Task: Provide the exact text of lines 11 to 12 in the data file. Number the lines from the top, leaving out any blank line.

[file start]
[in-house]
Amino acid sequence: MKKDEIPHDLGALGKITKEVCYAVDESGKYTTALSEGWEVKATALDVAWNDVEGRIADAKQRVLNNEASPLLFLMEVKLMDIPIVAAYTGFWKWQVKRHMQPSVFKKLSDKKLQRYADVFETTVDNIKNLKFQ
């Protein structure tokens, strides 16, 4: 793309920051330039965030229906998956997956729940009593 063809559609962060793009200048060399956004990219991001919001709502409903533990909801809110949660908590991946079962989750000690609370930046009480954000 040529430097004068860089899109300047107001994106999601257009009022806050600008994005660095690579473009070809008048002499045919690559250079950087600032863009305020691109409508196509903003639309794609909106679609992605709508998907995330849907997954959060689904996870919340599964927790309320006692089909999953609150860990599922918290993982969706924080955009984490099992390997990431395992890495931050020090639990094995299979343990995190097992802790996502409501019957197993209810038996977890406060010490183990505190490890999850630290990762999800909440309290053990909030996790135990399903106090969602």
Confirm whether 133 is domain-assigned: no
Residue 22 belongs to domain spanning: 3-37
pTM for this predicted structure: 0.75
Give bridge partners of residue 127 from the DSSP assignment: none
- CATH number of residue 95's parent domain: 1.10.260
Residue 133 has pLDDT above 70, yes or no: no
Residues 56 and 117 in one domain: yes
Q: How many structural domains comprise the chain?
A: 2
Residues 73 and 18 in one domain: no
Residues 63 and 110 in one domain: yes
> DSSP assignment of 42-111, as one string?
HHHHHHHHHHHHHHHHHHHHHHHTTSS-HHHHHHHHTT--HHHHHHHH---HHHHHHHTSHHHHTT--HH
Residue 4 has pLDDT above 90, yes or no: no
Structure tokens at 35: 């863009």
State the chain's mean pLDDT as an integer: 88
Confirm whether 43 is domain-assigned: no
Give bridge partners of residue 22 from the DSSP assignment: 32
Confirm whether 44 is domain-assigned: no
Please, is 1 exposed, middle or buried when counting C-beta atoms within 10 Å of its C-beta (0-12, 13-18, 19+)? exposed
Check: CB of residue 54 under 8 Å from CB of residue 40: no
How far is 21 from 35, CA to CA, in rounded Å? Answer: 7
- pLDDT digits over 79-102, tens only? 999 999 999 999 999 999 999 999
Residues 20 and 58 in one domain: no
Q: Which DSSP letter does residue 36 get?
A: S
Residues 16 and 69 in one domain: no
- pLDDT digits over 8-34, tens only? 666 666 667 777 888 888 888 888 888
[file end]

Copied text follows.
Q: How many structural domains comprise the chain?
A: 2